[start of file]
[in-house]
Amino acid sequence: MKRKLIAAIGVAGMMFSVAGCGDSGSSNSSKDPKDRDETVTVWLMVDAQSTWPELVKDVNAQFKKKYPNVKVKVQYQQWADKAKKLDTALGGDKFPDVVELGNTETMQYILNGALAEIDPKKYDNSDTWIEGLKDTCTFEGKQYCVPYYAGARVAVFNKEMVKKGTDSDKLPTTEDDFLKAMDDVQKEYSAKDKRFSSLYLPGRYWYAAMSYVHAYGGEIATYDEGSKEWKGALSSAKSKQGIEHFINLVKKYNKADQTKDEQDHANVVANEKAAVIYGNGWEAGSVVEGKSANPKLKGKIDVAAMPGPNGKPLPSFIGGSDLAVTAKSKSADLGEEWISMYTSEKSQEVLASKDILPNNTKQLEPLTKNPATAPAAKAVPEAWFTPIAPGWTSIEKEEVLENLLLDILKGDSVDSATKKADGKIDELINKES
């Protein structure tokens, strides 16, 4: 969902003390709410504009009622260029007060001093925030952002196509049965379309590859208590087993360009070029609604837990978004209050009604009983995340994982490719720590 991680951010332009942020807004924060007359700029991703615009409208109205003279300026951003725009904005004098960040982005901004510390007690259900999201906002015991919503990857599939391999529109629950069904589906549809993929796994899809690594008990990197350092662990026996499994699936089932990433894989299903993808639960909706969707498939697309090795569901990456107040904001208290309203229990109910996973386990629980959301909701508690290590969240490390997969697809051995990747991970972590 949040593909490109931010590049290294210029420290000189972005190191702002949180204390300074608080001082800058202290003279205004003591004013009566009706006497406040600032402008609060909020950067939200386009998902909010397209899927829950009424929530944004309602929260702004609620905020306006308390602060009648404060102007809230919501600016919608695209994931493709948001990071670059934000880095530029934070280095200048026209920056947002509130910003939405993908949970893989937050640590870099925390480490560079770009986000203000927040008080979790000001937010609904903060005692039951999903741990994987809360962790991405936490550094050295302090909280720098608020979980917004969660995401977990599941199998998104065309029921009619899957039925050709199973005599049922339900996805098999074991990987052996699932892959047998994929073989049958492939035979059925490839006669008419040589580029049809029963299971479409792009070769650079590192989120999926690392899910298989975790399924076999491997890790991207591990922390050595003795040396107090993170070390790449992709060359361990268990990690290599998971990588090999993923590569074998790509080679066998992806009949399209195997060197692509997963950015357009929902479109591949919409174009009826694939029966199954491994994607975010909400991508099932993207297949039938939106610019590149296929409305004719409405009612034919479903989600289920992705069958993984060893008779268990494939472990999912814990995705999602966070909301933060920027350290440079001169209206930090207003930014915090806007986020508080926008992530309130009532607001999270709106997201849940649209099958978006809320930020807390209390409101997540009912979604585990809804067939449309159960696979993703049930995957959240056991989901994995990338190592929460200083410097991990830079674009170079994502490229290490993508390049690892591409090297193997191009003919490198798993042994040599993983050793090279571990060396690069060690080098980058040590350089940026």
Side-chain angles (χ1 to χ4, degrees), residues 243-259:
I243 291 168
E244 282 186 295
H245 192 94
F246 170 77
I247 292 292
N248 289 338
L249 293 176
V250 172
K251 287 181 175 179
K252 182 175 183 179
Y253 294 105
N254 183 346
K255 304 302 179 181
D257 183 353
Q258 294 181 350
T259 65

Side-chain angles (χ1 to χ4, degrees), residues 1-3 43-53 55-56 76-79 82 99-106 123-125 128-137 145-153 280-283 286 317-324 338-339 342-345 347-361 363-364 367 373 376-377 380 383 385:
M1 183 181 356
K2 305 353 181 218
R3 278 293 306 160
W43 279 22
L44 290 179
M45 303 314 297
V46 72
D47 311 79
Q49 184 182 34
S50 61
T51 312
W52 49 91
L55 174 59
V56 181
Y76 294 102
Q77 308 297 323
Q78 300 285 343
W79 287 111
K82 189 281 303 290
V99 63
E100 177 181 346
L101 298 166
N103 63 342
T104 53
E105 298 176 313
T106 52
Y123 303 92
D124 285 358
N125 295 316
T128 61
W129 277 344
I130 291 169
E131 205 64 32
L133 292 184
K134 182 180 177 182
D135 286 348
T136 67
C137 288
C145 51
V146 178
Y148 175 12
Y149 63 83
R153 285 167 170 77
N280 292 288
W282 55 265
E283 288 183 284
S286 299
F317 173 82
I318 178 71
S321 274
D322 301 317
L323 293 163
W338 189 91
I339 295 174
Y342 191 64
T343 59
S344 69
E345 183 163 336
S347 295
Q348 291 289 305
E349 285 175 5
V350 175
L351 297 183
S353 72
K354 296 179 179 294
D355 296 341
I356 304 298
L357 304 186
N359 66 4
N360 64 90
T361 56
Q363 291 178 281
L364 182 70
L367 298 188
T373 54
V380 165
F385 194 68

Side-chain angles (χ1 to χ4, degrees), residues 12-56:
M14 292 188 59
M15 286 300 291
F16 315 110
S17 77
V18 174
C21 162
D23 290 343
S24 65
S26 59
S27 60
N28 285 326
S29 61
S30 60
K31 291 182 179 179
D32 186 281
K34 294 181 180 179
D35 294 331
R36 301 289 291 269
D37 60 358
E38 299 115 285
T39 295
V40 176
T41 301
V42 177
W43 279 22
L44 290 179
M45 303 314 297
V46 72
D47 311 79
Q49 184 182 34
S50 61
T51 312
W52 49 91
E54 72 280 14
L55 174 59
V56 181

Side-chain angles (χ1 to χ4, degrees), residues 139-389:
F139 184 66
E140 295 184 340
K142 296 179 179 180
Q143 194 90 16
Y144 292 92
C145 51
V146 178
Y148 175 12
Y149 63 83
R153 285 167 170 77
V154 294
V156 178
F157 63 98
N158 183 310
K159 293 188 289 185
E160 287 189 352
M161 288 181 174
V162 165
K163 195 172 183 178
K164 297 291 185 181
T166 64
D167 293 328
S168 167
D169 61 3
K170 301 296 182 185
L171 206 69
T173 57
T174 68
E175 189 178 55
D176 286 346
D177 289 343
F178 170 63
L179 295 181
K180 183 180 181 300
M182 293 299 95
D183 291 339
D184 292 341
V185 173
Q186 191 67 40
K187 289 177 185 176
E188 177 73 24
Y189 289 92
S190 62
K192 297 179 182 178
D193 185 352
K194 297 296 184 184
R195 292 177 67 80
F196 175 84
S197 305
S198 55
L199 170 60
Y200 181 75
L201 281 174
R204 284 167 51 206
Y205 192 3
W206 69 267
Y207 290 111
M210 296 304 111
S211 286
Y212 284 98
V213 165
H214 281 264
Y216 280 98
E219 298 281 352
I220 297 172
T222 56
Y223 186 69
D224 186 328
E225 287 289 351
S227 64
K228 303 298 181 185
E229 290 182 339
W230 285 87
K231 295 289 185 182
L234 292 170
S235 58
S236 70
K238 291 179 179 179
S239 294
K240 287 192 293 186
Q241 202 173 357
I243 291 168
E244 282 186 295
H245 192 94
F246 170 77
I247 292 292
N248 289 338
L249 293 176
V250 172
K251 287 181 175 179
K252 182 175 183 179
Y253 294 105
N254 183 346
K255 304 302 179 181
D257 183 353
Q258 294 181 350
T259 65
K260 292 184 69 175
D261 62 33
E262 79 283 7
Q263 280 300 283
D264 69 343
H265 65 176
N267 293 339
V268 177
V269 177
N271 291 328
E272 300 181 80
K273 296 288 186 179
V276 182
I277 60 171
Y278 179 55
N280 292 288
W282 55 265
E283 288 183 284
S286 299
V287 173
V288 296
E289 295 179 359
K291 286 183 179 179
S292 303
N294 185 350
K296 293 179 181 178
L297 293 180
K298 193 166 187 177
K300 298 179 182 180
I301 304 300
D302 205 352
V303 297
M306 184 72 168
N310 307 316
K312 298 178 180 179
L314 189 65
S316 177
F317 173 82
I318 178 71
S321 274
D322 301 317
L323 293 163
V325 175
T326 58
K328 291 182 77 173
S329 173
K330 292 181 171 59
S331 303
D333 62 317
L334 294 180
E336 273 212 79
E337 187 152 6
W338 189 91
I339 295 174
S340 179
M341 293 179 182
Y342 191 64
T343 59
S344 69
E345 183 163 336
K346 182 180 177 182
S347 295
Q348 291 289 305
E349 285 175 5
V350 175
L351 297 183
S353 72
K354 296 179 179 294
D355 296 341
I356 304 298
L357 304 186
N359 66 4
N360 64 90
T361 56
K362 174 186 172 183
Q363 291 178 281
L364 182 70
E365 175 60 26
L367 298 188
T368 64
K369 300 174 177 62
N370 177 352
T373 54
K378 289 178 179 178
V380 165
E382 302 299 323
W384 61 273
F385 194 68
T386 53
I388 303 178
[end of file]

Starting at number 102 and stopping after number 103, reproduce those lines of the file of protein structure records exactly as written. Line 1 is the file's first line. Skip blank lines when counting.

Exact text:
F16 315 110
S17 77